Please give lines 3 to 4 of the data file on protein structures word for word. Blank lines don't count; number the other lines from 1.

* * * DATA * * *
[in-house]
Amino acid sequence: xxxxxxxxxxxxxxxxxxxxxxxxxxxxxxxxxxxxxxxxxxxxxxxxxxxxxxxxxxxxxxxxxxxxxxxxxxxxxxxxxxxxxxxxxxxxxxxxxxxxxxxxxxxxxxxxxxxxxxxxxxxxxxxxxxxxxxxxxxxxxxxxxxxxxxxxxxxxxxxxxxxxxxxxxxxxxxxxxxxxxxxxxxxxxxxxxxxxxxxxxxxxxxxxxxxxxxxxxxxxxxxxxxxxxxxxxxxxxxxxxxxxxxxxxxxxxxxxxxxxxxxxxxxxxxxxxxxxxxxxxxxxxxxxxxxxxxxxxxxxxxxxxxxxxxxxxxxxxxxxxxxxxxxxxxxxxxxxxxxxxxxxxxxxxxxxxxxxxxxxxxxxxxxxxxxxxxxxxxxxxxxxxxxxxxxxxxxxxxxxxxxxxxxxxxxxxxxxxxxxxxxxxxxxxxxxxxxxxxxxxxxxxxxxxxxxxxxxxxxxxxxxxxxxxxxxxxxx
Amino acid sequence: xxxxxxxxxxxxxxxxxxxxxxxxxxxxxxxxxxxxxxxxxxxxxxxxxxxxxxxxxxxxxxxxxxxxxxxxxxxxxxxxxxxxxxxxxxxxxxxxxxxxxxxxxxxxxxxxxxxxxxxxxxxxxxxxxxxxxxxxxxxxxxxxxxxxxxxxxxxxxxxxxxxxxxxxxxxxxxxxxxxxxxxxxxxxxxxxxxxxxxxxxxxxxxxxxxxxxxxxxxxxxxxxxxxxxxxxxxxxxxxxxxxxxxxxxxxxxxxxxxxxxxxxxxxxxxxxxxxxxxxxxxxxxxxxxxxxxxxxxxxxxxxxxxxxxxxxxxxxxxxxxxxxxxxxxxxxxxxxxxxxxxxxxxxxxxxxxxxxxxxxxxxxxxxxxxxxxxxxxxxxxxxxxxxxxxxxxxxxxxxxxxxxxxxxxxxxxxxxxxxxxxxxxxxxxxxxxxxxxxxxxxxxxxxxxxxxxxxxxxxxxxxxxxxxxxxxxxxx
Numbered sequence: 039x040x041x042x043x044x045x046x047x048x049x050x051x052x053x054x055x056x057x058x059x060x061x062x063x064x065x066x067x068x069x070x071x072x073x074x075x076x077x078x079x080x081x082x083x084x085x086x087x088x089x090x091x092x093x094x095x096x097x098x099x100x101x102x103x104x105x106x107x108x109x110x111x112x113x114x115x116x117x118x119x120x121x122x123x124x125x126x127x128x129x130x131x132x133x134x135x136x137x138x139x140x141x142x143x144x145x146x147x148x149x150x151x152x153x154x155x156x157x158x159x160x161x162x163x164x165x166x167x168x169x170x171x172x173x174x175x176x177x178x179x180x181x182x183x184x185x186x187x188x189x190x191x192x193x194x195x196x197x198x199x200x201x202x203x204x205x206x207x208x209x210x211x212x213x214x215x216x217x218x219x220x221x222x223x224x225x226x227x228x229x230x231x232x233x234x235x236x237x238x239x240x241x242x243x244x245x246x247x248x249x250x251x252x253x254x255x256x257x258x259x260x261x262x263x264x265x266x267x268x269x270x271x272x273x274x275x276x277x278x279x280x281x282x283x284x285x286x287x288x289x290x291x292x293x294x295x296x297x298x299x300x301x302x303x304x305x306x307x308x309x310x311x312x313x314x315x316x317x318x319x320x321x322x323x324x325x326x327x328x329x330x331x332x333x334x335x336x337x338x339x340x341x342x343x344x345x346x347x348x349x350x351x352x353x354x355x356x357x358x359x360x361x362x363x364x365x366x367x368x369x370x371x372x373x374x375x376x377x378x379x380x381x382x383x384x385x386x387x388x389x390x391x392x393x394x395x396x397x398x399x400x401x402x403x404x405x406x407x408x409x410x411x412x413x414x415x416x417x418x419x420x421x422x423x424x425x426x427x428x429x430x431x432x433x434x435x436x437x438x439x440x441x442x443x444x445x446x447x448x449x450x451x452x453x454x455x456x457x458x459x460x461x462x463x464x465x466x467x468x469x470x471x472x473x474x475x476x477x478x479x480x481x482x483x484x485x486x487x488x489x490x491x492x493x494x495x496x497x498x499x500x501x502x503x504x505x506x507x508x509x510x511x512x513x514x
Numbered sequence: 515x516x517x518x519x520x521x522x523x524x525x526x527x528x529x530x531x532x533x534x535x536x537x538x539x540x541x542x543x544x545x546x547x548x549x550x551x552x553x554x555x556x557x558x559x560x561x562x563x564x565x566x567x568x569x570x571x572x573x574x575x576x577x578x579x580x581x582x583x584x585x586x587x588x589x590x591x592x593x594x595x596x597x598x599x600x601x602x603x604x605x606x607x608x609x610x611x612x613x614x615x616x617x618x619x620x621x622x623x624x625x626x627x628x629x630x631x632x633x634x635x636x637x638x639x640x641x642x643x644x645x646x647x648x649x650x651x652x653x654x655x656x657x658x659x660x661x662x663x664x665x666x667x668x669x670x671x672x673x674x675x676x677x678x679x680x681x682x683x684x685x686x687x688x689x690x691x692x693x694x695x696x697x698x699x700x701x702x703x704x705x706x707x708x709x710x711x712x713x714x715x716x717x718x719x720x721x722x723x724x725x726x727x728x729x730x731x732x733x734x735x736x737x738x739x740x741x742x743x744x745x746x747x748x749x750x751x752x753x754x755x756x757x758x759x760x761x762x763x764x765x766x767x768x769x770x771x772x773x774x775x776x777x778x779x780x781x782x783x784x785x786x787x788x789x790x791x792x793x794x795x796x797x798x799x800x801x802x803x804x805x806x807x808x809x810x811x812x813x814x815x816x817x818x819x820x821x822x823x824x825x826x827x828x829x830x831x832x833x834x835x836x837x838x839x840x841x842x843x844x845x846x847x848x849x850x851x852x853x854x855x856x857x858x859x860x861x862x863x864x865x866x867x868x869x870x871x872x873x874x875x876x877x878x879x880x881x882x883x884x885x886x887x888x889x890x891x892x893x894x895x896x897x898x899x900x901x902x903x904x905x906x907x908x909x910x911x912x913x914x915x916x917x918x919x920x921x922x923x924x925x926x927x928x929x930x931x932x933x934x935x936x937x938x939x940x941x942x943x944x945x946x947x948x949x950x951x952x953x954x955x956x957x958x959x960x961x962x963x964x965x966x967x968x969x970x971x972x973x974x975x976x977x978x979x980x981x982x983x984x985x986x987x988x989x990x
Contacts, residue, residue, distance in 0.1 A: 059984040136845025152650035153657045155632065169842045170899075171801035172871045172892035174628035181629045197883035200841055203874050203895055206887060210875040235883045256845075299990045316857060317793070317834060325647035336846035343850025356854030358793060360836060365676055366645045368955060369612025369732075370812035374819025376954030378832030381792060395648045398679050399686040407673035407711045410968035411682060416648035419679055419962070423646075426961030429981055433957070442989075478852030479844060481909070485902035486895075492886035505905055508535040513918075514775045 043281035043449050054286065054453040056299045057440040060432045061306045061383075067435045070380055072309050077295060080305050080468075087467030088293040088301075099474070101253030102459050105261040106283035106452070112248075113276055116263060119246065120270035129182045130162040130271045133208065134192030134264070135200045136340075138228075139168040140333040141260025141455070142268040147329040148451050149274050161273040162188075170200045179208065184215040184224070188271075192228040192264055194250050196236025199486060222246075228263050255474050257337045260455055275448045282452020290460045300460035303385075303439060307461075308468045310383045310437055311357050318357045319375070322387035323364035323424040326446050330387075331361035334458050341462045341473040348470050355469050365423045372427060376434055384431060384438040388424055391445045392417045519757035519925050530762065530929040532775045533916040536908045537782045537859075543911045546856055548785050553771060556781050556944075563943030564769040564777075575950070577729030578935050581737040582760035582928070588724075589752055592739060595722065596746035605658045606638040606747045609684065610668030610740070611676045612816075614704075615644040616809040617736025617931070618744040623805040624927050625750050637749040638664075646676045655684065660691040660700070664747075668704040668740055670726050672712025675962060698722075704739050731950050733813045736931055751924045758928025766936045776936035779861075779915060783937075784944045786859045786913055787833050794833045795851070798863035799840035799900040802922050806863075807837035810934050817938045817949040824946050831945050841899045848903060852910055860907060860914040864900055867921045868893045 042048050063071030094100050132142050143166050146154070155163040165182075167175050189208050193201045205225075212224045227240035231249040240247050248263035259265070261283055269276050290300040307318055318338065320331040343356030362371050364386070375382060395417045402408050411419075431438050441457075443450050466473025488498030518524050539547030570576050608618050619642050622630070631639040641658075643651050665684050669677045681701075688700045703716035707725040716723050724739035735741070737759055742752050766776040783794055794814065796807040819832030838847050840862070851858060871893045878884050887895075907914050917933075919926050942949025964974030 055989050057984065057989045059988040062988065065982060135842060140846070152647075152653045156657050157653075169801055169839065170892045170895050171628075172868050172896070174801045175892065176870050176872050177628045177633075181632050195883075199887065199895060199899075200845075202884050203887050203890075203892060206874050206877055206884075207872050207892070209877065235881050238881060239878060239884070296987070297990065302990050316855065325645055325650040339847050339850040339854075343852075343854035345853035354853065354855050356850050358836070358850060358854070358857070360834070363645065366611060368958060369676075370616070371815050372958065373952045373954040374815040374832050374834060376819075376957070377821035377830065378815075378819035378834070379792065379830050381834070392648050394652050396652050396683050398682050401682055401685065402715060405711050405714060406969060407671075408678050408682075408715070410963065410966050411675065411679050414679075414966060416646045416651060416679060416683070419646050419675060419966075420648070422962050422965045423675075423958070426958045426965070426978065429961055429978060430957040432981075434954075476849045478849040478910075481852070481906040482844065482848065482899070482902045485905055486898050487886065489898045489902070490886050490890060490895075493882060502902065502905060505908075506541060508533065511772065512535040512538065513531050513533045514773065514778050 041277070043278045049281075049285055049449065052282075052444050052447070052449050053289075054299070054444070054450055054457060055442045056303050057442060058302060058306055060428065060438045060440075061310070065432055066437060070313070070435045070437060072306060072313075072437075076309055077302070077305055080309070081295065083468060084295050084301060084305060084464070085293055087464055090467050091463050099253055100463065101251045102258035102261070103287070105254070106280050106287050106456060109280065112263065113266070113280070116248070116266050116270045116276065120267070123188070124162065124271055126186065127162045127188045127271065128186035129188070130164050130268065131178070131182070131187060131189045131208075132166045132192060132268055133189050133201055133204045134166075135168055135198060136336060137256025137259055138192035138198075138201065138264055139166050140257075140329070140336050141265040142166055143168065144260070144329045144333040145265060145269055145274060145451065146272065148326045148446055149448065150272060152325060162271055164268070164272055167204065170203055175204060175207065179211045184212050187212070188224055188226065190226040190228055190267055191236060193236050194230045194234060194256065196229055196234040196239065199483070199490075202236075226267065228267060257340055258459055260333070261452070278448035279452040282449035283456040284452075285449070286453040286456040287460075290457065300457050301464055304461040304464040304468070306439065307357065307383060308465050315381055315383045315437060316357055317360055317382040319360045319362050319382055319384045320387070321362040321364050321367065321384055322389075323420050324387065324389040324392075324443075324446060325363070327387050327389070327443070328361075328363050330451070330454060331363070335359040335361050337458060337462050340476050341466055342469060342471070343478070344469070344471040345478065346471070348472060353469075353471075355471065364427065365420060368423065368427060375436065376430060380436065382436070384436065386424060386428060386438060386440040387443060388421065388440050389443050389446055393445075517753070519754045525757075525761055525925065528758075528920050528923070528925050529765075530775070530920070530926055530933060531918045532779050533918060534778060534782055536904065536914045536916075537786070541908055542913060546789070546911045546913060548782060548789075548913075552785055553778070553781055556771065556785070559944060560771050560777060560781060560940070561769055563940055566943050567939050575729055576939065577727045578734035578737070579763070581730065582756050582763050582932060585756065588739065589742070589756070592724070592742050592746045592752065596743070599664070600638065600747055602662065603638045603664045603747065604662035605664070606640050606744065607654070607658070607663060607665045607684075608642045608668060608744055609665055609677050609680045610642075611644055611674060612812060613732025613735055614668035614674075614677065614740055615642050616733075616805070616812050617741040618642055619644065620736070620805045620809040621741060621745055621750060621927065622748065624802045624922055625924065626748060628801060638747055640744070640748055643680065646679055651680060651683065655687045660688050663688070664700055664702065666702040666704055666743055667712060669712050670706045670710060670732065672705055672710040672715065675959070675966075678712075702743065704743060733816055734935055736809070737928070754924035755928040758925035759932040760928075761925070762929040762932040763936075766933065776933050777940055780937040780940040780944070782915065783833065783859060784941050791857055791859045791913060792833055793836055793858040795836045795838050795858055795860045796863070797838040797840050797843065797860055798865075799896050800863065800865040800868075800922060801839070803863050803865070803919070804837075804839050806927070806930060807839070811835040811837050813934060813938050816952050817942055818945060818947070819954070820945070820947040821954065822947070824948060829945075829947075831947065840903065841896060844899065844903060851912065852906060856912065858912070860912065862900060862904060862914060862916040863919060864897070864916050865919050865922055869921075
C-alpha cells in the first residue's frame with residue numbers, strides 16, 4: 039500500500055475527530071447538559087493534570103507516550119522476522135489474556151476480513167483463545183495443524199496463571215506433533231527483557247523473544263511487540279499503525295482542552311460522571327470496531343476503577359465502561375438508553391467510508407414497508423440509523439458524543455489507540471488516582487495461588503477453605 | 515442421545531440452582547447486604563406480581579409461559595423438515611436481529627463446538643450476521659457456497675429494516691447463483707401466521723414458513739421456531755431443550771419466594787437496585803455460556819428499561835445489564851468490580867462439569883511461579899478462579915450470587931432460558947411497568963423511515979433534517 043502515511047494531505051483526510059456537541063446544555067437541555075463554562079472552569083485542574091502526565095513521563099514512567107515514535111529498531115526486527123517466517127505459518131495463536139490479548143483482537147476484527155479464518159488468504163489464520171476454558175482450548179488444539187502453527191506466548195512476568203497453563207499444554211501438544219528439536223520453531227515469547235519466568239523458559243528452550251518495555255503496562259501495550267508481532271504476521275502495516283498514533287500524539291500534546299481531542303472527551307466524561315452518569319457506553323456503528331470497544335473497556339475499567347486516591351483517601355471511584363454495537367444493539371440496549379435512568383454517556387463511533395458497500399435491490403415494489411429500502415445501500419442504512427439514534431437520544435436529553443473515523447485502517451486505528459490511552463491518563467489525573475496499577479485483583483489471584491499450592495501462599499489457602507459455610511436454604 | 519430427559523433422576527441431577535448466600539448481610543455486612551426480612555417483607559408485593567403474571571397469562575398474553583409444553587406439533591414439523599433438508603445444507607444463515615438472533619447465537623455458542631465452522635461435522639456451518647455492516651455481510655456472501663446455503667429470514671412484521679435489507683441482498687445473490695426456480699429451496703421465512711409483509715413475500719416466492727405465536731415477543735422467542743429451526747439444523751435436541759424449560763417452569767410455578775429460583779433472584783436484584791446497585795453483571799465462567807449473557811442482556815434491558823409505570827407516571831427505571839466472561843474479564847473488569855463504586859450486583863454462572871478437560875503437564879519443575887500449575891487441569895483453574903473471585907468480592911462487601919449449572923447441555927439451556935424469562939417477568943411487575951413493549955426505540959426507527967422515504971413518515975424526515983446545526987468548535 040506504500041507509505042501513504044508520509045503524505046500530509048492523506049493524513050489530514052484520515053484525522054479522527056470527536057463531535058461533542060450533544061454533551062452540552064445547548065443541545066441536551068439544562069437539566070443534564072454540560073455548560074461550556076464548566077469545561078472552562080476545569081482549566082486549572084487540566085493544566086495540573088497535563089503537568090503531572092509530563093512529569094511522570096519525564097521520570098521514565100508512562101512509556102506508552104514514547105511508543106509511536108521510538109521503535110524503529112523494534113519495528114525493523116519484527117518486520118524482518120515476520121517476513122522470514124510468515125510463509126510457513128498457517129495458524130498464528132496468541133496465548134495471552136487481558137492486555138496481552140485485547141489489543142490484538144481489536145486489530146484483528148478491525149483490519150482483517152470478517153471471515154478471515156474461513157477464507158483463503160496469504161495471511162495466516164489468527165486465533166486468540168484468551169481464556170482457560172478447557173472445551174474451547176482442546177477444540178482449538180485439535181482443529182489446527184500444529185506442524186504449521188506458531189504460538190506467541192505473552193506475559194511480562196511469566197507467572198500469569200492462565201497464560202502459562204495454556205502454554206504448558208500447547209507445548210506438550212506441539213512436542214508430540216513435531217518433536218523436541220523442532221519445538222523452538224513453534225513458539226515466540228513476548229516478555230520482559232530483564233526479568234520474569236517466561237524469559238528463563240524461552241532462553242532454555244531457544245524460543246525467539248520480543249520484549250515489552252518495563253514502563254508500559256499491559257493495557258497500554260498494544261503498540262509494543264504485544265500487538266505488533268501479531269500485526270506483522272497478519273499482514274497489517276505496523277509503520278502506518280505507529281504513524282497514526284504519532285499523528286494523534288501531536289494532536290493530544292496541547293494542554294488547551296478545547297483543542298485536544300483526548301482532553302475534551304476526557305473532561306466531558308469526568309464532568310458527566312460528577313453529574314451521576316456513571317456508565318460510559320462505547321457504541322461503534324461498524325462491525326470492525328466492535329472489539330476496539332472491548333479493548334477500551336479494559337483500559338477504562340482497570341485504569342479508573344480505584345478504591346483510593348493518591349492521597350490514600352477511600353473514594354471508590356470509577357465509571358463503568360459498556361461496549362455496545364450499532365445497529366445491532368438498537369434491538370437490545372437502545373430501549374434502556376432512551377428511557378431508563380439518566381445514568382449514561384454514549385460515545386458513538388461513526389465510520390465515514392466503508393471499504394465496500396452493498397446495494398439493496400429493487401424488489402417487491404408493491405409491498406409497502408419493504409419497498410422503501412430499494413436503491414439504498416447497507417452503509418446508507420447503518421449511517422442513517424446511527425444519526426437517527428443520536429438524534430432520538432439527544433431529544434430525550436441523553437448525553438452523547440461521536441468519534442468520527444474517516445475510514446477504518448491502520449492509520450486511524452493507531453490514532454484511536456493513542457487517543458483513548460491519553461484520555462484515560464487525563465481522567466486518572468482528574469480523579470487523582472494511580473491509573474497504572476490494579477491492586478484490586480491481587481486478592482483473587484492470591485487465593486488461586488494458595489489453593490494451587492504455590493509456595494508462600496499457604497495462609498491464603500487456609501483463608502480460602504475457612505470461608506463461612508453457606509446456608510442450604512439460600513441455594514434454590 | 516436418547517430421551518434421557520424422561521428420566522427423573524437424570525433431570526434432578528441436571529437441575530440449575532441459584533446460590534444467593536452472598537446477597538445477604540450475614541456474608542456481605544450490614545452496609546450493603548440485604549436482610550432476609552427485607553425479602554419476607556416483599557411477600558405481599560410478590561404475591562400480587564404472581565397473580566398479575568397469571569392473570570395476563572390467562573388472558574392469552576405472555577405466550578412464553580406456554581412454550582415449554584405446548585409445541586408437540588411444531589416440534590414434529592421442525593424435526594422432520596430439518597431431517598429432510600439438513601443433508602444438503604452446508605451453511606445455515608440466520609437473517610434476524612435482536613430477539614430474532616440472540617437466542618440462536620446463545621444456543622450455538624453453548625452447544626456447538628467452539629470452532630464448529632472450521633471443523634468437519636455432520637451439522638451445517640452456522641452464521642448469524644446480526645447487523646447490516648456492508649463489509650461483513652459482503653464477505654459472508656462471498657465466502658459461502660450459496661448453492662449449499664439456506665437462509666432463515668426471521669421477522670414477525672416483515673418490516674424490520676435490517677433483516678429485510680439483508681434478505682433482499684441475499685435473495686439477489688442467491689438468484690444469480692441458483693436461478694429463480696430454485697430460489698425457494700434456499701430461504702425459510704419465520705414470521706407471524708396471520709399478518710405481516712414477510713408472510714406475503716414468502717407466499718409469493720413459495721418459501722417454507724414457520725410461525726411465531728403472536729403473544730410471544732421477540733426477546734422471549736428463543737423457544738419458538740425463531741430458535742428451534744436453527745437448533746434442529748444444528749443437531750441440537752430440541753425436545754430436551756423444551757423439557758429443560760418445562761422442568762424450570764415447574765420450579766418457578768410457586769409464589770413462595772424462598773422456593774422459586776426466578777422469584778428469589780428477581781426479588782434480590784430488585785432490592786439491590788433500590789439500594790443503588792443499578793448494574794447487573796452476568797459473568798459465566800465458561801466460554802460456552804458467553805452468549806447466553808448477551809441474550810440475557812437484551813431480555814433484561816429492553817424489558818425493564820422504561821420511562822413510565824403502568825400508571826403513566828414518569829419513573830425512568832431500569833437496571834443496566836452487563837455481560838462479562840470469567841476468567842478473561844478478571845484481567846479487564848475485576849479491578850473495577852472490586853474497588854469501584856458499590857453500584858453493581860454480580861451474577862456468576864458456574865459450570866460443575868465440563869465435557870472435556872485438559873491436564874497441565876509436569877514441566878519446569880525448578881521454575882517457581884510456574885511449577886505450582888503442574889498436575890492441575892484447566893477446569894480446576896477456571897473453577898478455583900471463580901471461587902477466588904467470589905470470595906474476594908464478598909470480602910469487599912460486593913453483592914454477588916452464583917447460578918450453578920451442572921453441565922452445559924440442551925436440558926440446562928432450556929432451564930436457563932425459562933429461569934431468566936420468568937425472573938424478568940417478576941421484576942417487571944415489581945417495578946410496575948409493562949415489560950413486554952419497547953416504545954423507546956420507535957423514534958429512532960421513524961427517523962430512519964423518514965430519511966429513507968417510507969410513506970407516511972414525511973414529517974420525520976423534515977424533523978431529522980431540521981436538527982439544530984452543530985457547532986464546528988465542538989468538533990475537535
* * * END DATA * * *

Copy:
Amino acid sequence: xxxxxxxxxxxxxxxxxxxxxxxxxxxxxxxxxxxxxxxxxxxxxxxxxxxxxxxxxxxxxxxxxxxxxxxxxxxxxxxxxxxxxxxxxxxxxxxxxxxxxxxxxxxxxxxxxxxxxxxxxxxxxxxxxxxxxxxxxxxxxxxxxxxxxxxxxxxxxxxxxxxxxxxxxxxxxxxxxxxxxxxxxxxxxxxxxxxxxxxxxxxxxxxxxxxxxxxxxxxxxxxxxxxxxxxxxxxxxxxxxxxxxxxxxxxxxxxxxxxxxxxxxxxxxxxxxxxxxxxxxxxxxxxxxxxxxxxxxxxxxxxxxxxxxxxxxxxxxxxxxxxxxxxxxxxxxxxxxxxxxxxxxxxxxxxxxxxxxxxxxxxxxxxxxxxxxxxxxxxxxxxxxxxxxxxxxxxxxxxxxxxxxxxxxxxxxxxxxxxxxxxxxxxxxxxxxxxxxxxxxxxxxxxxxxxxxxxxxxxxxxxxxxxxxxxxxxxx
Numbered sequence: 039x040x041x042x043x044x045x046x047x048x049x050x051x052x053x054x055x056x057x058x059x060x061x062x063x064x065x066x067x068x069x070x071x072x073x074x075x076x077x078x079x080x081x082x083x084x085x086x087x088x089x090x091x092x093x094x095x096x097x098x099x100x101x102x103x104x105x106x107x108x109x110x111x112x113x114x115x116x117x118x119x120x121x122x123x124x125x126x127x128x129x130x131x132x133x134x135x136x137x138x139x140x141x142x143x144x145x146x147x148x149x150x151x152x153x154x155x156x157x158x159x160x161x162x163x164x165x166x167x168x169x170x171x172x173x174x175x176x177x178x179x180x181x182x183x184x185x186x187x188x189x190x191x192x193x194x195x196x197x198x199x200x201x202x203x204x205x206x207x208x209x210x211x212x213x214x215x216x217x218x219x220x221x222x223x224x225x226x227x228x229x230x231x232x233x234x235x236x237x238x239x240x241x242x243x244x245x246x247x248x249x250x251x252x253x254x255x256x257x258x259x260x261x262x263x264x265x266x267x268x269x270x271x272x273x274x275x276x277x278x279x280x281x282x283x284x285x286x287x288x289x290x291x292x293x294x295x296x297x298x299x300x301x302x303x304x305x306x307x308x309x310x311x312x313x314x315x316x317x318x319x320x321x322x323x324x325x326x327x328x329x330x331x332x333x334x335x336x337x338x339x340x341x342x343x344x345x346x347x348x349x350x351x352x353x354x355x356x357x358x359x360x361x362x363x364x365x366x367x368x369x370x371x372x373x374x375x376x377x378x379x380x381x382x383x384x385x386x387x388x389x390x391x392x393x394x395x396x397x398x399x400x401x402x403x404x405x406x407x408x409x410x411x412x413x414x415x416x417x418x419x420x421x422x423x424x425x426x427x428x429x430x431x432x433x434x435x436x437x438x439x440x441x442x443x444x445x446x447x448x449x450x451x452x453x454x455x456x457x458x459x460x461x462x463x464x465x466x467x468x469x470x471x472x473x474x475x476x477x478x479x480x481x482x483x484x485x486x487x488x489x490x491x492x493x494x495x496x497x498x499x500x501x502x503x504x505x506x507x508x509x510x511x512x513x514x